# Therefore the equal annual amount you and your

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Therefore, the equal annual amount you and your friends would invest, C , would be: ( ) ( ) 1 1 n n r FV C r = + ( ) 10 0.10(129 687) \$8137 1 0.10 1 C = = + Return to Question A3.1 to continue reading.
MODULE 3 254 | FINANCING AND EVALUATING INVESTMENTS Question A3.2 (a) The future value of your investment at the end of year 5 is: F 5 = 120 000 (1 + 0.08) 5 = \$176 319 (b) With monthly compounding, the amount you would need to invest today will be less than \$120 000 because interest is compounded on a monthly, rather than annual, basis. The amount needed is calculated by taking the present value of \$176 319 and then accounting for the monthly (compound) interest rate of 0.6667 per cent (i.e. 8% / 12) and the total time horizon of 60 months (i.e. 5 × 12), as follows: P 0 = 176 319 / (1 + 0.08 / 12) 5 × 12 = \$118 347 (c) The effective annual interest rate you are earning on your investment in part (b) is calculated as: r e = (1 + r / m ) m – 1 r e = (1 + 0.08 / 12) 12 – 1 r e = 8.3% (d) (i) Calculating the value of the \$24 000 annual annuity at the end of year 5, where interest is compounded on an annual basis, involves using the future value of an annuity, as follows: ( ) 5 5 24 000 1 0.08 1 \$140 798. 0.08 FV = + = (ii) To calculate the future value of the \$24 000 annual annuity at the end of year 5, where interest is compounded on a monthly basis, use the effective annual interest rate of 8.3 per cent from part (c) rather than the stated interest rate of 8 per cent. (Interest is compounded on a monthly, rather than annual basis, while the annuity occurs annually.) The future value of the annuity is: ( ) 5 5 24 000 1 0.083 1 \$141643. 0.083 FV = + = Return to Question A3.2 to continue reading.
MODULE 3 REFERENCES | 255 References References ASX (Australian Securities Exchange) 2016, ‘ASX listing rules’, accessed May 2018, . com.au/regulation/rules/asx-listing-rules.htm . ASX (Australian Securities Exchange) 2017, ASX Limited: Annual Report 2017 , accessed May 2018, . Debelle, G. 2014, ‘The Australian bond market’, speech to the Economic Society of Australia, Reserve Bank of Australia, Canberra, 15 April, accessed May 2018, speeches/2014/sp-ag-150414.html . Lowe, P. 2014, ‘Opportunities and challenges for market-based financing’, speech to the ASIC Annual Forum 2014, Reserve Bank of Australia, Sydney 25 March, accessed May 2018, . PAIB (Professional Accountants in Business) Committee 2008, Project Appraisal Using Discounted Cash Flow, International Federation of Accountants, New York, accessed May 2018, . iaasb.org/system/files/publications/files/Project-Appraisal-Using-DCF.pdf . WFE (World Federation of Exchanges) 2016, Monthly Reports , August, World Federation of Exchanges, London.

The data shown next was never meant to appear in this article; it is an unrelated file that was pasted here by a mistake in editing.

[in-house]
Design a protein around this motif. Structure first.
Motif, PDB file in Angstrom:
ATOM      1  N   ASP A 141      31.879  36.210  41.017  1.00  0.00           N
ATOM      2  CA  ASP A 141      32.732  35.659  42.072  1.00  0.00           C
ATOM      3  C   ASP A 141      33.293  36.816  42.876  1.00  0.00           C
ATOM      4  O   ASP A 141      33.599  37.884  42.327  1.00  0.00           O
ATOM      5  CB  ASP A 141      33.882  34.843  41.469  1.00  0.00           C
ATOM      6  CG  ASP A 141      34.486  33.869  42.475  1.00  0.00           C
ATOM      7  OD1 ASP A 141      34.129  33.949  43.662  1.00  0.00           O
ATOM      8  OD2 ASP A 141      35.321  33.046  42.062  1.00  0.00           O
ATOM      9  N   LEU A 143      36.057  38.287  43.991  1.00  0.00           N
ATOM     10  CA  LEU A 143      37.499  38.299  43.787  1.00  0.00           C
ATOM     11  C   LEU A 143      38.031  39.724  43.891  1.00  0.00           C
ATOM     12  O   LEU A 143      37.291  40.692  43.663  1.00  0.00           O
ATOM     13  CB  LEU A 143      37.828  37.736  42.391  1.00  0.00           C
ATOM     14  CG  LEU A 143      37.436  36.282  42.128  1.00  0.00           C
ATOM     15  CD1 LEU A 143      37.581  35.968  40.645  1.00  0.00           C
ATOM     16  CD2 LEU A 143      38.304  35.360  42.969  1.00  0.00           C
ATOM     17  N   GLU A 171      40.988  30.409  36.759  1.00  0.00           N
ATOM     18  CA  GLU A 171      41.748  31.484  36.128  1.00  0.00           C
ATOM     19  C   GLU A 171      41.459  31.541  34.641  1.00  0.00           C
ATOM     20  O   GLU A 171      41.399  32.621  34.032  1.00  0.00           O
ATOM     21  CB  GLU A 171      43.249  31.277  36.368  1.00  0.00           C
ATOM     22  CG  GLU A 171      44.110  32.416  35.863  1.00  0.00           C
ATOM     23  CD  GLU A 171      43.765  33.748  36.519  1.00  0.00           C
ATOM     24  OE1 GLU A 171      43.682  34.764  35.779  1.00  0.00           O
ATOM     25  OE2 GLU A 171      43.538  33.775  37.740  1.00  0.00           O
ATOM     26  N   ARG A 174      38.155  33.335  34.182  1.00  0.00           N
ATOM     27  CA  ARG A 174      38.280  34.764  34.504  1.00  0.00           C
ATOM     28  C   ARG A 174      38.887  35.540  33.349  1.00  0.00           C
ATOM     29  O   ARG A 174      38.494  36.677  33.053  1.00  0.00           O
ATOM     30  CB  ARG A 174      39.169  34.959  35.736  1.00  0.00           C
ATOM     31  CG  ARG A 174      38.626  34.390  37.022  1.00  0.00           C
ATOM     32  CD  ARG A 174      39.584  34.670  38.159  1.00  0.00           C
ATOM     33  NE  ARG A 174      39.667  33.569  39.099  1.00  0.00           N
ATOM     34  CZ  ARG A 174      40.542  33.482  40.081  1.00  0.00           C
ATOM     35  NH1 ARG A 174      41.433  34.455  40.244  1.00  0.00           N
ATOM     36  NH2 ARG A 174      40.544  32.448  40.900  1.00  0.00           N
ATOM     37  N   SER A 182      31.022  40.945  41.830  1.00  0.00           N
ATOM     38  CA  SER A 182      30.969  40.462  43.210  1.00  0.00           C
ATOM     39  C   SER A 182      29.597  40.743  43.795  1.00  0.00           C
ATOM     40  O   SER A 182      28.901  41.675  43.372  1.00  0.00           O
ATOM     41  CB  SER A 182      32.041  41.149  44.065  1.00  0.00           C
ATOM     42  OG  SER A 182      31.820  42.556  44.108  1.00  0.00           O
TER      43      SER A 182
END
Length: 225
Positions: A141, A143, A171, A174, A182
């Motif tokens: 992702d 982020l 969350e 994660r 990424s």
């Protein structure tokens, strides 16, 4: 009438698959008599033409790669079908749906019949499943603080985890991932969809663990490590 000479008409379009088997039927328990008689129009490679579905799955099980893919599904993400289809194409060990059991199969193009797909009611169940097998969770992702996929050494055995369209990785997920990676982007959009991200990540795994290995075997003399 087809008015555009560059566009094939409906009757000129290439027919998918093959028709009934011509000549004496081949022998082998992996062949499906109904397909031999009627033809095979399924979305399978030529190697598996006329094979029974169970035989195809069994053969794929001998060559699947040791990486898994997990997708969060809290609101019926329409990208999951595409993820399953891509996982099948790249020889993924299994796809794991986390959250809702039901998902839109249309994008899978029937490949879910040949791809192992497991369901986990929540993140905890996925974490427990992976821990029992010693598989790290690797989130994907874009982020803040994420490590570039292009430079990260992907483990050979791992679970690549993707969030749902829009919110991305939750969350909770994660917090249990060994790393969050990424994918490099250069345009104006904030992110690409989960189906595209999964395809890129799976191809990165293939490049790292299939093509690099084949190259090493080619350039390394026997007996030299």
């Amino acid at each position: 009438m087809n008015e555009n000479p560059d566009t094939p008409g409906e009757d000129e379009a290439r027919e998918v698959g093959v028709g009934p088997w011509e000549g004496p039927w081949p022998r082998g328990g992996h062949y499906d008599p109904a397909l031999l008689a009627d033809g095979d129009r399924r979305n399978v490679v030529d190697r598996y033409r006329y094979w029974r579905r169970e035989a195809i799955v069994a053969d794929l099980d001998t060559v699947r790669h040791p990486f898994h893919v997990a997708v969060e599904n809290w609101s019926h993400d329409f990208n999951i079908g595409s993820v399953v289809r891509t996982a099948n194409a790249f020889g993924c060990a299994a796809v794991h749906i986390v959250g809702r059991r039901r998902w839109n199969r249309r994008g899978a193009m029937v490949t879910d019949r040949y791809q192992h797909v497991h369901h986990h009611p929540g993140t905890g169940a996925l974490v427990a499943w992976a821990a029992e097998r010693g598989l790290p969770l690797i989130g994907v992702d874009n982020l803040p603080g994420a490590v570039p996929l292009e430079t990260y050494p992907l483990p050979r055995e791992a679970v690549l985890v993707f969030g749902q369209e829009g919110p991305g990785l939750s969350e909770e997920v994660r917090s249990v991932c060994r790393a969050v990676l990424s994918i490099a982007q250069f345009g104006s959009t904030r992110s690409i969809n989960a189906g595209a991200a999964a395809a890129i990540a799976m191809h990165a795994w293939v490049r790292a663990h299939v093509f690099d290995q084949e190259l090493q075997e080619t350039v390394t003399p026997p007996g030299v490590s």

MODULE 3
FINANCIAL RISK MANAGEMENT Module 4 DERIVATIVES PETER HUMPHREY AND RICHARD ALLAN* * Updated by Brett Dobeson and Lei Xu.
MODULE 4 258 | DERIVATIVES Contents Preview 259 Introduction Objectives The role of derivatives in financial risk management 260 Extent of derivatives use The three main categories of derivatives Implications of derivatives use for risk management Earnings at risk and value at risk Risk appetite Basis risk